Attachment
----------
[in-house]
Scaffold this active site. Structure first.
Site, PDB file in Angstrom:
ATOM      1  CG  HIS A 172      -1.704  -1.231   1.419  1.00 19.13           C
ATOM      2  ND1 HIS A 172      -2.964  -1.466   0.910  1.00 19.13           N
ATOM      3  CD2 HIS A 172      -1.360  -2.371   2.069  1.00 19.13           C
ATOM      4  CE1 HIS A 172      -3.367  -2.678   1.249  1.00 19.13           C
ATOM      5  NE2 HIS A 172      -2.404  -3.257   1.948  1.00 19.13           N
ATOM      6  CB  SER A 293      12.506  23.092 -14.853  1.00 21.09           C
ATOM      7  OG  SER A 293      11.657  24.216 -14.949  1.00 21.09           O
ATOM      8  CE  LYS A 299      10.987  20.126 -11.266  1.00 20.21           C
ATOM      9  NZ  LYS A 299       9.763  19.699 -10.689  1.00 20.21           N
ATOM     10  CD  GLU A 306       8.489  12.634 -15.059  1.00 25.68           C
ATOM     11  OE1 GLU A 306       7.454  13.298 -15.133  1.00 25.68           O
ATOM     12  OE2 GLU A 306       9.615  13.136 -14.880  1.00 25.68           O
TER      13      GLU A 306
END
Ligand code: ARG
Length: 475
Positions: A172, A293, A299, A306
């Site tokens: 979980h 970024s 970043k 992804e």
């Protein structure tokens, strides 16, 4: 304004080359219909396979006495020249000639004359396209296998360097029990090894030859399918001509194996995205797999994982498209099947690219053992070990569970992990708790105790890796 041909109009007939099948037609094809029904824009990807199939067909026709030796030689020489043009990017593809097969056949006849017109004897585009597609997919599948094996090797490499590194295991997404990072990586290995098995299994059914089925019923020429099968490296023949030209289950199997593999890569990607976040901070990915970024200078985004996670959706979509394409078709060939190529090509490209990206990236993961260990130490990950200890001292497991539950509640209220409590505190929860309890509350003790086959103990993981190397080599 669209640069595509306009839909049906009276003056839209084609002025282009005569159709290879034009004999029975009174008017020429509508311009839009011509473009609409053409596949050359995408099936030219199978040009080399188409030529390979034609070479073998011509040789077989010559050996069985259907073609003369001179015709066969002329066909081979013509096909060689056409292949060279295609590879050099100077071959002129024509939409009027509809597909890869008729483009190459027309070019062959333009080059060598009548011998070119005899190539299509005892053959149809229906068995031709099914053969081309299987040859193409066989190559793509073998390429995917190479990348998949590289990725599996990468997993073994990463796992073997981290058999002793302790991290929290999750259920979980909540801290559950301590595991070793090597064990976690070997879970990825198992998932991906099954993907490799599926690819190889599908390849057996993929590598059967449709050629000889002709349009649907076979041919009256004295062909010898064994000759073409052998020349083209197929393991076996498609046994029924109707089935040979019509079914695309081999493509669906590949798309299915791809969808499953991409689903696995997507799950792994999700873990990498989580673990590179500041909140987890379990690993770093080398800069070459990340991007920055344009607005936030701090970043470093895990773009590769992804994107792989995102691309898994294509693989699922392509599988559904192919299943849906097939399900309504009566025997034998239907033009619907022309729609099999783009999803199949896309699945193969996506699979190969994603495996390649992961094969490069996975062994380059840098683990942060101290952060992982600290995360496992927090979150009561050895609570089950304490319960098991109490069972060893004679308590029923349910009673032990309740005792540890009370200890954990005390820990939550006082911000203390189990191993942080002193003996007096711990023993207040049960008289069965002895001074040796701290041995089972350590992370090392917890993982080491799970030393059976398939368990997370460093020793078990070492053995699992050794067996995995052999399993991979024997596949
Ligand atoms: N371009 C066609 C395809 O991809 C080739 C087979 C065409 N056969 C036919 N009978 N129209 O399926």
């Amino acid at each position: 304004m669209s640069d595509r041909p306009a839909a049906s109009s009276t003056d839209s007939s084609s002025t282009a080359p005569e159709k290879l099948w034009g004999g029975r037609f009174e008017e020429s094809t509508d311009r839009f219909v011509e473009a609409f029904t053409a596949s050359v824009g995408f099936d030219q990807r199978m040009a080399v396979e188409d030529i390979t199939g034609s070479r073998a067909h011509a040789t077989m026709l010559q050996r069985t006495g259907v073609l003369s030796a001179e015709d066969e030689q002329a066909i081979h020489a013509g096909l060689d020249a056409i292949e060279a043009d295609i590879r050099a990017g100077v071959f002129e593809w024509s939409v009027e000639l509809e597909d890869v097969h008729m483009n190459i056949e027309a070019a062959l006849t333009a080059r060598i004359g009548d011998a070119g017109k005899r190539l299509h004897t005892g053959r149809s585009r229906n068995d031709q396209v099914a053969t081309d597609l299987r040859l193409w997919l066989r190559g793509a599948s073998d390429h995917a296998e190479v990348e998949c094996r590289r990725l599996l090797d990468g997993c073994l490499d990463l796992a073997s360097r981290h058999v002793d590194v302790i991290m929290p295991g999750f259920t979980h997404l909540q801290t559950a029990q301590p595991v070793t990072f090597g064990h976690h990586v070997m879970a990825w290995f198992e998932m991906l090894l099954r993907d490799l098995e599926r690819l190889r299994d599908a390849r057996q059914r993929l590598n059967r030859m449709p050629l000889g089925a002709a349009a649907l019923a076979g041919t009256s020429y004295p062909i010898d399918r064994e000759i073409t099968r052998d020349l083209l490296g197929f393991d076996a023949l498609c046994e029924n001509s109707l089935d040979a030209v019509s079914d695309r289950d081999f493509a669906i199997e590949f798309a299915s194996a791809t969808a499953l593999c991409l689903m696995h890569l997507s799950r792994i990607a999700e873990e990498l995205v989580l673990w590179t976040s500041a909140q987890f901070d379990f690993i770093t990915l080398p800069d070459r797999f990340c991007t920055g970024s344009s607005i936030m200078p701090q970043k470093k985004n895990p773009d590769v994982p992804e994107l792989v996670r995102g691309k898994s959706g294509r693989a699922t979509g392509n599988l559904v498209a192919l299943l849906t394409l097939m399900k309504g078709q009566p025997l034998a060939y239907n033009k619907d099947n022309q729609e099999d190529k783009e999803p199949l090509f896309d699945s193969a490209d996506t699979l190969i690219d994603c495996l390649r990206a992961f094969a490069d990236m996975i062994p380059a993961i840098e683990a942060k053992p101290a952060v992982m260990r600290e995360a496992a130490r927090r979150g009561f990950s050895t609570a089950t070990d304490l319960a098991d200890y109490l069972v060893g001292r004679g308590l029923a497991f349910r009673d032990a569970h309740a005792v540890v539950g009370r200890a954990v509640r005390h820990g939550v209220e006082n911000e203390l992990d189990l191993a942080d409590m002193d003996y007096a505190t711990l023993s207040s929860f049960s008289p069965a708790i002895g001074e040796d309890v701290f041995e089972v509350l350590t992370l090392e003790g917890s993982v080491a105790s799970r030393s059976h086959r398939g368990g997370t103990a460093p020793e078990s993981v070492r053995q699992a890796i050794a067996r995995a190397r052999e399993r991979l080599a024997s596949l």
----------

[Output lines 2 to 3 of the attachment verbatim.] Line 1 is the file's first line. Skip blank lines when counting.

Scaffold this active site. Structure first.
Site, PDB file in Angstrom: